On March 1, 2021, the Iraqi parliament passed the The Yazidi [Female] Survivors Bill (the Bill), a law aimed at providing assistance to survivors of the Daesh atrocities. In 2014, Daesh, a terror organization, unleashed genocidal atrocities against religious minorities: Yazidis, Christians and others.
Thousands of Yazidis trapped in the Sinjar mountains as they tried to escape from Daesh are rescued … [+] in Mosul, Iraq on August 09, 2014. (Photo credit: Emrah Yorulmaz/Anadolu Agency/Getty Images)
2014 Anadolu Agency
One of its largest attacks began on August 3, 2014. On that day, Daesh launched a violent attack against Yazidis in Sinjar. Daesh fighters killed hundreds, if not thousands of men. As part of the same campaign, Daesh fighters abducted boys to turn them into child soldiers and women and girls for sex slavery. More than 3,000 women and girls are still missing and their fate is unknown. A few days after the attack on Sinjar, Daesh also attacked the Ninevah Plains and forced over 120,000 people to flee for their lives in the middle of the night. The atrocities are being classified as genocide. Daesh brought about this genocide by way of murder, enslavement, deportation and forcible transfer of populations, imprisonment, torture, abduction of women and children, exploitation, abuse, rape, sexual violence – unabated. Daesh specifically targeted religious minorities, including Muslim minorities, for destruction in an attempt to annihilate religious pluralism and establish a purely Islamic region, in accordance with its perverted interpretation of what this would involve.
The newly adopted Bill is aimed at providing assistance to
“1. Every Yazidi [female] survivor kidnapped by Daesh and was freed afterwards.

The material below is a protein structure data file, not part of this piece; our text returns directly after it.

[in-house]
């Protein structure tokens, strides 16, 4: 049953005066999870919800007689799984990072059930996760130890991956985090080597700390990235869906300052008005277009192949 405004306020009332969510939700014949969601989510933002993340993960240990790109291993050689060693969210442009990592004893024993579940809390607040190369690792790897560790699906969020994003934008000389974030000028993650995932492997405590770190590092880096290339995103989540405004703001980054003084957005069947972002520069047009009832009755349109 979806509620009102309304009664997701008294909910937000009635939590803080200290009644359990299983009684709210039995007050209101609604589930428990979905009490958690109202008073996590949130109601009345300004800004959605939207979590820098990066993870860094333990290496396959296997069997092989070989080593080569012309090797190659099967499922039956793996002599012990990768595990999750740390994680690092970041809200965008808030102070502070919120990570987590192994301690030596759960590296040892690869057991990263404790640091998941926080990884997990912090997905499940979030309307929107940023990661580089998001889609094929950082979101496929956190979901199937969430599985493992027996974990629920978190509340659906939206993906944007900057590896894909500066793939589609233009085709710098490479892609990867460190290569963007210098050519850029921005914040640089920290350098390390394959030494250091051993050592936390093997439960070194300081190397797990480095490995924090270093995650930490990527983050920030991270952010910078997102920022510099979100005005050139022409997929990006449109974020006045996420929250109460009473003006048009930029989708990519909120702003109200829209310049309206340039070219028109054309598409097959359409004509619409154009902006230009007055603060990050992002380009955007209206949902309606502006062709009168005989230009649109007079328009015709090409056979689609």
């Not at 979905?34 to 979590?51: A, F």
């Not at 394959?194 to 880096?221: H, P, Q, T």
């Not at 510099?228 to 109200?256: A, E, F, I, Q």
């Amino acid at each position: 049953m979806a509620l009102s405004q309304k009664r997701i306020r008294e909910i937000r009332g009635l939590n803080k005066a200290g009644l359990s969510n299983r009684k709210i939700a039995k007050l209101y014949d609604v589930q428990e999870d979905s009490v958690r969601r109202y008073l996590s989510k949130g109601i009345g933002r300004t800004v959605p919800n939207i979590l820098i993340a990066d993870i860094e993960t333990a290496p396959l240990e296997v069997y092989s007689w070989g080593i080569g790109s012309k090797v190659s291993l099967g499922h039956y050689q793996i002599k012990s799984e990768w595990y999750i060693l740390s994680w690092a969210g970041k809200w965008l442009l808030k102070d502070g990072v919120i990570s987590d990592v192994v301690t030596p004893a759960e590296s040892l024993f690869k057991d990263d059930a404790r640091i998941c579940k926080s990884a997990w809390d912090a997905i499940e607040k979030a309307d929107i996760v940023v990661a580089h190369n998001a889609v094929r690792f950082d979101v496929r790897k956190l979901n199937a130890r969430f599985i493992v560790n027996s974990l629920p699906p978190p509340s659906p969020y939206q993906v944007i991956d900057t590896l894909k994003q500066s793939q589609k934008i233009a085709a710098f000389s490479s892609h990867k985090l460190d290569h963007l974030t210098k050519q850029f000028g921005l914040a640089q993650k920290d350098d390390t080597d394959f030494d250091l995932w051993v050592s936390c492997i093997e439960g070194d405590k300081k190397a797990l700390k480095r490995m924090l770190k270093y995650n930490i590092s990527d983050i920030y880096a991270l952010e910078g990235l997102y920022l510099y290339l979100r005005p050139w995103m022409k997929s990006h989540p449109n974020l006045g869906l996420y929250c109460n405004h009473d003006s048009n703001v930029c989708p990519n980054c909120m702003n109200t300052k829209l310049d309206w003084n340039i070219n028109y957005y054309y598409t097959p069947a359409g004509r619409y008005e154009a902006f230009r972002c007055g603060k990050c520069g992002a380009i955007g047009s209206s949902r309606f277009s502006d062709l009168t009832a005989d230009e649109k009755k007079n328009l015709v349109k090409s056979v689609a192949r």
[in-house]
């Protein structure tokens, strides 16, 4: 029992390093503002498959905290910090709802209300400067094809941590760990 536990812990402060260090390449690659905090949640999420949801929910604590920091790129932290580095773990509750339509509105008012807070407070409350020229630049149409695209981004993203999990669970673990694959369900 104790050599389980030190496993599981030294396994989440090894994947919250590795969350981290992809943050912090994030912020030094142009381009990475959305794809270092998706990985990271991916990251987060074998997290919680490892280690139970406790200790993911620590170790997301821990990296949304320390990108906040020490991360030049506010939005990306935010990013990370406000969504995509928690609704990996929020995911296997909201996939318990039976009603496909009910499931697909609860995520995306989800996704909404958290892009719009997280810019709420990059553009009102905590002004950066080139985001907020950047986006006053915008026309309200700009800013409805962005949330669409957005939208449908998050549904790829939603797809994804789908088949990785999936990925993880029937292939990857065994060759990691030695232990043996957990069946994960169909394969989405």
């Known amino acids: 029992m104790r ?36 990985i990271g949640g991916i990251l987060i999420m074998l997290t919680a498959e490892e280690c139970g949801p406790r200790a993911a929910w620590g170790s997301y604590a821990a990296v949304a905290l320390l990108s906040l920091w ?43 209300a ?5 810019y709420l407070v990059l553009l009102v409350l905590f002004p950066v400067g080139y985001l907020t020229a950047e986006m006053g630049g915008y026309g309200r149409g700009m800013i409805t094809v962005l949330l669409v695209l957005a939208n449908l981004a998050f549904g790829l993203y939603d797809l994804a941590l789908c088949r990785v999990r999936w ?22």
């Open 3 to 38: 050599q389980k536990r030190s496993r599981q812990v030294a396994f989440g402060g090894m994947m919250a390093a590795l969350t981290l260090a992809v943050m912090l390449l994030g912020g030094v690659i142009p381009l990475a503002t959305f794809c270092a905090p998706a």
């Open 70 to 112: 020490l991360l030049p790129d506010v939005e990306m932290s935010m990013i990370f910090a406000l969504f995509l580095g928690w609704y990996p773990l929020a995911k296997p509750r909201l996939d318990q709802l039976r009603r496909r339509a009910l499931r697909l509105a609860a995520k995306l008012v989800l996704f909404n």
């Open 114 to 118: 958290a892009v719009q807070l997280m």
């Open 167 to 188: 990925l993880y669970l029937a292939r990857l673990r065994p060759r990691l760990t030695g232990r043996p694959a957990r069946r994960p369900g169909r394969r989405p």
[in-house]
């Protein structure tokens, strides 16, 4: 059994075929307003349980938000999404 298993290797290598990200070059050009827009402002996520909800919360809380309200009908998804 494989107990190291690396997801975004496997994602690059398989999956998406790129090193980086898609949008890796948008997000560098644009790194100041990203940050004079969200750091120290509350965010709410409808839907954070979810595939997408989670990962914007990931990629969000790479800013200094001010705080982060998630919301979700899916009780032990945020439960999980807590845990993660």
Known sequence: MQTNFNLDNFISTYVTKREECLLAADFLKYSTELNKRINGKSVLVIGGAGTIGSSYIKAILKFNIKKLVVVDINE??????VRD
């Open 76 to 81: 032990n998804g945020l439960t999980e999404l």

2. women and girls from the (Turkmen, Christian, Shabak) components who were subjected to the same crimes mentioned in Article 1 [ namely, every woman or girl who has been subjected to crimes of sexual violence from her kidnapping, sexual slavery, selling her in slavery markets, separating her from her family, forcing her to change her religion, forced marriage, pregnancy and forced abortion or inflicting physical and psychological harm to her by [Daesh] since the date [August 3, 2014] and was freed afterward].
3. Yazidi children survivors who were under the age of eighteen at the time of their kidnapping.
4. Yazidi, Turkmen, Christian and Shabak survivors from the mass killings and mass elimination carried out by [Daesh] in their areas.”
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This law aims to provide survivors with compensation to secure “a decent life for them.” The law further aims to ensure that survivors are provided with rehabilitation and any other assistance needed to help with their integration into society and prevent the recurrence of the violations.
Apart from prescribing assistance for survivors of the Daesh atrocities, the Bill determines the atrocities perpetrated by Daesh against the Yazidis, Turkmen, Christians and Shabaks to be genocide and crimes against humanity. Furthermore, it recognizes August 3 as a national day of remembrance of victims and survivors of the atrocities. Lastly, the Bill emphasizes the need to prosecute the perpetrators of the atrocities that shall not benefit from amnesty.
Welcoming the Bill, Nadia Murad, Nobel Peace Prize Laureate and UNODC Goodwill Ambassador, said: “[the] passage of Iraq’s Yazidi Survivors Bill is an important first step in acknowledging the gender-based trauma of sexual violence and need for tangible redress. Implementation of the law will need to be focused comprehensively supporting and sustainably reintegrating survivors.” The Bill is an important step toward assistance and justice for survivors of the Daesh atrocities – assistance and justice that have been neglected for too long.